Cultural differences in visual perceptual learning.
Chua SYP., Rentzelas P., Frangou P., Kourtzi Z., Lintern M., Mavritsaki E.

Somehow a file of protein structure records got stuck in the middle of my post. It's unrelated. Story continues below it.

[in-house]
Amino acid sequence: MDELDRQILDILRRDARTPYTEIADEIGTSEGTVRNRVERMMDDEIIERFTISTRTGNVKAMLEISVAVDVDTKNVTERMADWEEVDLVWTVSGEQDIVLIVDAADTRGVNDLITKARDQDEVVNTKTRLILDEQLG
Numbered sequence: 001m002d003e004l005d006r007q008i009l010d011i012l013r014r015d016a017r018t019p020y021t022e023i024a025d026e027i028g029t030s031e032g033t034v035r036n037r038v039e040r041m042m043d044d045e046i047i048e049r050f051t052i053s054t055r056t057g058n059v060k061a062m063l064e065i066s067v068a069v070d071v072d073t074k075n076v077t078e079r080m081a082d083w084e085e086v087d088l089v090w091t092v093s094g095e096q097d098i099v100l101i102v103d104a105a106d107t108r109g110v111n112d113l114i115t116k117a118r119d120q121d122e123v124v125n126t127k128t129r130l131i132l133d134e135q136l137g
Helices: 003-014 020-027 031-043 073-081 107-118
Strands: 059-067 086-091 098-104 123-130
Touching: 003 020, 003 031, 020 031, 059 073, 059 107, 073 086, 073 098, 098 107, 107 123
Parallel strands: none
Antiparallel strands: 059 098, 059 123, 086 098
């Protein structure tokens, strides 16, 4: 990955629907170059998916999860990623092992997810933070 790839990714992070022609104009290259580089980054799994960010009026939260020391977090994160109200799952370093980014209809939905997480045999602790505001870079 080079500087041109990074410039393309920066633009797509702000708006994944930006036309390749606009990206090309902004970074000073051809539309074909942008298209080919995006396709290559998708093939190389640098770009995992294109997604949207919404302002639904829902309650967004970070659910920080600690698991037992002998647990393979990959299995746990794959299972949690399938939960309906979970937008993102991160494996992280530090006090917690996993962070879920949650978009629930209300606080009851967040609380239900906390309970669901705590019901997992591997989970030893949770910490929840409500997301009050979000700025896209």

Cultural differences in visual perceptual learning (VPL) could be attributed to differences in the way that people from individualistic and collectivistic cultures preferentially attend to local objects (analytic) or global contexts (holistic). Indeed, individuals from different cultural backgrounds can adopt distinct processing styles and learn to differentially construct meaning from the environment. Therefore, the present work investigates if cross-cultural differences in VPL can vary as a function of holistic processing. A shape discrimination task was used to investigate whether the individualistic versus collectivistic backgrounds of individuals affected the detection of global shapes embedded in cluttered backgrounds. Seventy-seven participants-including Asian (collectivistic background) and European (individualistic background) students-were trained to discriminate between radial and concentric patterns. Singelis's self-construal scale was also used to assess whether differences in learning could be attributed to independent or interdependent self-construal. Results showed that collectivists had faster learning rates and better accuracy performance than individualists following training-thereby reflecting their tendency to attend holistically when learning to extract global forms. Further, we observed a negative association between independent self-construal-which has previously been linked to analytic processing-with performance. This study provides insight into how socio-cultural backgrounds affect VPL.